Top positive review
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Wonderful book, shame about the "flawed politics"
on 24 October 2013
Like his previous 2 volumes, Dr Sandifer's book of critical essays on the Jon Pertwee era of Doctor Who is a must-read for all fans of the show. His essays are insightful, interesting and thought-provoking. Long-time fans who may think they have read everything there is to read about the Jon Pertwee era will enjoy Sandifer's original perspective. Probably not the best starting point for the non-fan as the book assumes the reader already has a good knowledge of the show. Thoroughly recommended.
I did have two problems with the book. The first is a relatively minor niggle - the essay on The Three Doctors was rather self-indulgent and both uninteresting and somewhat impenetrable to someone who does not have Sandifer's knowldge of Blake's poetry.
The other problem is the "flawed politics" of the book. "Flawed politics" is actually a term used by Sandifer himself in his essay on The Monster of Peladon and it summed up the major problem I had with the book. There seem to be two Philip Sandifers - one writes extremely interesting critical essays on Doctor Who and contributed 85-90% of the book, while the other Philip Sandifer writes polemical essays attacking the politics of any television programme he disagrees with and contributed the other 10-15% of the book.
The polemical Sandifer seems to consider that the creative forces behind Doctor Who are under an obligation to produce stories whose political content is entirely in accordance with his own particular brand of leftist views. If they fail to do so the politics are then said to be "flawed". Why are the politics of Monster of Peladon said to be "flawed"? As far as I can tell, it is only because the story appears to Sandifer to putting forward political ideas with which he disagrees. That does not make them "flawed", it just means that he and the creative team behind Monster need to agree to disagree, whilst still respecting each others' opinions.
Sandifer's own brand of leftist politics is so narrow and extreme that Barry Lett's more moderate brand of centre-left politics is portayed as being rather right-wing. Sticking with the Monster of Peladon as an example, Sandifer goes on to conclude that it is in fact a "proto-Thatcherite" story, a case of Sandifer putting 2 and 2 together and getting 22 instead of 4. I want to read a critical analysis of the politics of Monster of Peladon, not a polemical condemnation of them. If the creative team behind Monster of Peladon wanted to make a "proto-thatcherite" Dcotor Who story then they are entirely at libery to do so. Critics like Sandifer are in turn at liberty to agree or disagree with the politics of the story, but not to condemn the creative team for having made the story the way they did. Sandifer seems incapable of politely disagreeing with the politics of a story, he either agrees with the politics or else condemns them in very strong terms as a moral outrage.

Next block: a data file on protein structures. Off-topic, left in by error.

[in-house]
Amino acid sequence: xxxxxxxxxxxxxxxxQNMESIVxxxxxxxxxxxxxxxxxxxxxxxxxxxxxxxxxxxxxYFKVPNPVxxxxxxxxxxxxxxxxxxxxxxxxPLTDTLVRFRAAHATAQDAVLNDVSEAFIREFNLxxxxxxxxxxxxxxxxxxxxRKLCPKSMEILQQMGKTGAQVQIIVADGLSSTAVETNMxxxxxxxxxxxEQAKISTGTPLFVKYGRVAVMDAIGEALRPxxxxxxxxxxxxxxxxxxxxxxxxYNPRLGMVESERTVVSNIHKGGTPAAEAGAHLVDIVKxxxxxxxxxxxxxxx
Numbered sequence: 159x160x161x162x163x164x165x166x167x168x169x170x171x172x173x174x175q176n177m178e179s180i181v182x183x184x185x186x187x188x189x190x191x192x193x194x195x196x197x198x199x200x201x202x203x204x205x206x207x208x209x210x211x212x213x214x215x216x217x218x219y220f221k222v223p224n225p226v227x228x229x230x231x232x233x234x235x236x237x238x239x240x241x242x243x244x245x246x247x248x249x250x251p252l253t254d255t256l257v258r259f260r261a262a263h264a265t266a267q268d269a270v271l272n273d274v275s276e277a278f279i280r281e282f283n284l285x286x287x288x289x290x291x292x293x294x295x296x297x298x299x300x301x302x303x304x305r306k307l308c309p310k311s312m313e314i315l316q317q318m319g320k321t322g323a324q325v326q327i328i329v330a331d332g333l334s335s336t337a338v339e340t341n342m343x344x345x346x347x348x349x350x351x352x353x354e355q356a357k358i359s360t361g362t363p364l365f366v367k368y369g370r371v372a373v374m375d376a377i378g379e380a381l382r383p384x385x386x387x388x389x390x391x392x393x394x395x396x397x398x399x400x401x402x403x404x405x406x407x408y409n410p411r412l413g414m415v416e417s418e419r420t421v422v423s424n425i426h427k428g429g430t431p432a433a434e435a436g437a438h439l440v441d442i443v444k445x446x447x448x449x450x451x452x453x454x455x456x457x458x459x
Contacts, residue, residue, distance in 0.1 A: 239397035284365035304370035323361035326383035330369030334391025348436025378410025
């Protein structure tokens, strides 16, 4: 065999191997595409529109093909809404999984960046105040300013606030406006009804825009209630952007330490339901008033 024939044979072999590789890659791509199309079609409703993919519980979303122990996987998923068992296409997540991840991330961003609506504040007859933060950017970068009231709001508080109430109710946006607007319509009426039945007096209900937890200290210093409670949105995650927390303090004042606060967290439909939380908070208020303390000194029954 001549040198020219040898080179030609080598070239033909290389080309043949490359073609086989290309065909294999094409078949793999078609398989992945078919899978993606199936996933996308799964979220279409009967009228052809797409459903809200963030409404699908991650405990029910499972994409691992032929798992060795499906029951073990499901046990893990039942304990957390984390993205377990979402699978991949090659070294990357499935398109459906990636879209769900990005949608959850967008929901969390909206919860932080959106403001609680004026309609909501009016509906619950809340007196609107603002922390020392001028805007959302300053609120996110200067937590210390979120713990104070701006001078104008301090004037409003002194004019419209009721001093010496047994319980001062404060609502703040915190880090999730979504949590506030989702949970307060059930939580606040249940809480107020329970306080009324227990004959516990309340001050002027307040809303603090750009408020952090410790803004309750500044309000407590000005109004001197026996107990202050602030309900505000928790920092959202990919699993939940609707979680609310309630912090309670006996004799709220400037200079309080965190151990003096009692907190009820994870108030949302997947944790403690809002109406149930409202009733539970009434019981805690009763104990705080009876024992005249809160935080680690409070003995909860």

Not only is the polemical Sandifer very narrow in his conception of what the sort of politics are good and what sort are flawed, but when he gets going he tends to get rather worked up and carried away in his condemnation of anything he disagrees with. In his essay on Moonbase 3 he spends most of it condemning a scene in the last episode where the Base Commander treats attempted rape as something requiring a minor slap on the wrist rather than a more appropriate punishment for such a serious offence. I have never watched Moonbase 3 so I am assuming Sandifer's description of what goes on the in scenes in question is accurate (although given that he concluded Monster of Peladon was proto-Thatcherite that may not be a safe assumption) in which case I whole-heartedly agree with his condemnation of what is criminal behaviour. However his condemnation goes on and on and on and on. It reads more like the transcript of a rabble-rousing speech at a political rally than something I would expect to find in a book purporting to be an academic critical analysis.
The book has its origins in a blog and is, I believe, self-published and therein lies the problem. What Sandifer needs more than anything is a good editor to rein is his polemical tendencies and tell him to rewrite his essay on the Three Doctors.
This review may come across as rather harsh and at odds with the 5 star rating I have given. The book deserves its rating and I am looking eagerly forward to future volumes. Sandifer is an excellent writer and critic but he does need to mature a little when it comes to his politics. I am not condemning his political views, or any other views, but he needs to become more accepting of the validity and legitimacy of different political views and rein in his polemical tendencies.